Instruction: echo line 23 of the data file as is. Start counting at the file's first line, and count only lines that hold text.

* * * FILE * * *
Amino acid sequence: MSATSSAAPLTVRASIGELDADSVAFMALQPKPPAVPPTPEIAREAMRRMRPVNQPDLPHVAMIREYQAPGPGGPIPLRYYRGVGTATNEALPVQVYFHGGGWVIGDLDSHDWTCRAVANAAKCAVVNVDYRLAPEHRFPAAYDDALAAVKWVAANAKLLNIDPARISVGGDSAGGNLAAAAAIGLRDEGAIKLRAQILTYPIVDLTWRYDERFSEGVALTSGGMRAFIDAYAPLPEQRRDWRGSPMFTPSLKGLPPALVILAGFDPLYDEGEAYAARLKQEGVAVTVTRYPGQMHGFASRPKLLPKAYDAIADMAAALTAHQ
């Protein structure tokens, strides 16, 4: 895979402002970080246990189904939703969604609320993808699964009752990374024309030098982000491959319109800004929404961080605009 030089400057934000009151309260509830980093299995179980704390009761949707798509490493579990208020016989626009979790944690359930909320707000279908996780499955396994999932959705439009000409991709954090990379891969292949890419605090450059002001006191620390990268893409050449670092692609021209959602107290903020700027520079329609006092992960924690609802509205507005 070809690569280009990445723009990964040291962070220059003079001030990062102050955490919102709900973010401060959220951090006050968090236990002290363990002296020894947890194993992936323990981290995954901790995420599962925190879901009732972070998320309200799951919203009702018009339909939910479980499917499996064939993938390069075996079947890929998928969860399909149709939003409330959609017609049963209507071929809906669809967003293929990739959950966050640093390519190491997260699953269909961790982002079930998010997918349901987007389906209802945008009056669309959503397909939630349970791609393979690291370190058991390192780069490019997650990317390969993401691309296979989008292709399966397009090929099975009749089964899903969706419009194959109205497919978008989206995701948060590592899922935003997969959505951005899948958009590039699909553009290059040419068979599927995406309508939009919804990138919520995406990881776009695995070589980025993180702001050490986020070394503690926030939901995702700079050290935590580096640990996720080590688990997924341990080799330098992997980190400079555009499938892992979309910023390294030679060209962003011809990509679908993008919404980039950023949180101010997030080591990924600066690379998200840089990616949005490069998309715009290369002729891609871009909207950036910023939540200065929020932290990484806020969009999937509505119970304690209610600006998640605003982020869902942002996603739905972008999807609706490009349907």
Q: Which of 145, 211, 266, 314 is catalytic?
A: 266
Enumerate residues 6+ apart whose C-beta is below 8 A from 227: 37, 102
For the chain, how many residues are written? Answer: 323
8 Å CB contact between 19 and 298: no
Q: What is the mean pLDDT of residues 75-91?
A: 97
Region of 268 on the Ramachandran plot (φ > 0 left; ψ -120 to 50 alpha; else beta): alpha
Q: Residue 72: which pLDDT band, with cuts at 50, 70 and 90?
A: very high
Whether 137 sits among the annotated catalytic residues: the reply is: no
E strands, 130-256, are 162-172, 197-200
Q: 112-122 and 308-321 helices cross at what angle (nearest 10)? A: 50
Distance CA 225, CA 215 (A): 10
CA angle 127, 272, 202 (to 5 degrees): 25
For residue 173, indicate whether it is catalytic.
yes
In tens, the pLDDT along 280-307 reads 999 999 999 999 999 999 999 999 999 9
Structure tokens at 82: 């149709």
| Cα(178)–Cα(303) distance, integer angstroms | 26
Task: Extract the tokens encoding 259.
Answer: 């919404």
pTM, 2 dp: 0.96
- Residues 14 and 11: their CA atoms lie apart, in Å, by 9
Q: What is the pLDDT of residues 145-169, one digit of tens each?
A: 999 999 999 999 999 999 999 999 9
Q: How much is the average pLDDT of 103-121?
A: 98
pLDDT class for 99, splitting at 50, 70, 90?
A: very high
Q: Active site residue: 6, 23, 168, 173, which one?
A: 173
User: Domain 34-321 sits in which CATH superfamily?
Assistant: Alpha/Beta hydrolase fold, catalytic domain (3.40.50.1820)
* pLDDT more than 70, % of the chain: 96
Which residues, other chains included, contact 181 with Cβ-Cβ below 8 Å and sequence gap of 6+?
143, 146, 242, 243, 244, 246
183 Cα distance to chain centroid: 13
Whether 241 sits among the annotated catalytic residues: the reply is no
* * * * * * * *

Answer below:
Task: Extract the tokens encoding 259.